Well, here is my article headline:

The Promise of Buzz-Free Guitar Setup

The only problem is it’s a promise I can’t deliver on.

Nobody can.

Headlines like this just serve to cement the perception that there is a perfect setup that will allow every guitarist (or bassist—you’re not getting off the hook, low-enders) to play perfectly cleanly with no problems.

Now, let me clarify this a little.

There is a perfect setup that will let YOU play perfectly cleanly. Most of the time.

That setup might not allow the same for someone else, though.

Just because you can sweep-pick out a lightning fast run, wonderfully cleanly, on your guitar doesn’t mean I can pick it up and ham-fistedly hammer out a blues-rock solo without a ton of fret buzz.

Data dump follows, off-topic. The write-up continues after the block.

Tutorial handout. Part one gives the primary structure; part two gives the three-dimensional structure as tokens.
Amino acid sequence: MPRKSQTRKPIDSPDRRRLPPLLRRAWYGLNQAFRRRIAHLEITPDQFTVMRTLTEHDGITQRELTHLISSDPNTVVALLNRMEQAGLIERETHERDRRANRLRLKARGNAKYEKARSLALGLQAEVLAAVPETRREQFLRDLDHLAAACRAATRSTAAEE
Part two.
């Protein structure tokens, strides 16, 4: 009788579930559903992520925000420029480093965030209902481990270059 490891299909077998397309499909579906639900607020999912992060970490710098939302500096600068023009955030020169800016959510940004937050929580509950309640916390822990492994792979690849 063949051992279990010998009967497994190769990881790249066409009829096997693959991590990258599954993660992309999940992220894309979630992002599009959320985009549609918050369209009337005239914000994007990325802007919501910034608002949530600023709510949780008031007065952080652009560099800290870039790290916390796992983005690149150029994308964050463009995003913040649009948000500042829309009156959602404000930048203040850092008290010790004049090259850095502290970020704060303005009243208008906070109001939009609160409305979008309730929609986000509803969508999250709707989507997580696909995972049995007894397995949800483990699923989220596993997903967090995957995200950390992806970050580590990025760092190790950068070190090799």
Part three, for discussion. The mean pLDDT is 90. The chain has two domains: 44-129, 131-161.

And the ‘most of the time’ thing I mentioned above… That’s important. Different songs might call for different techniques, especially if you’re doing covers, and a setup that’s absolutely perfect for one style might not be great for another—it's not just for tone that a player might use different instruments for different songs.

Here’s the thing:

There is no universal perfect setup

If I can get players to internalise this, I’ll go to my grave a happy man because I’ll have done some good in the world.

There is no perfect setup.

There is only a perfect setup for you.

Most of the time.

And this means you have to consider your style and your setup needs. Consider these and find a balance between the two.

Super-low action and super-straight necks might not be for you if you tend to dig in, if you’ve a heavy attack, if you play music that requires a hefty pick-hand.

Or if you still really, really want super-low action in these circumstances, you’ll probably need to become comfortable with some fret-buzz. It’s not the end of the world, after all (despite what we’ve all been lead to believe).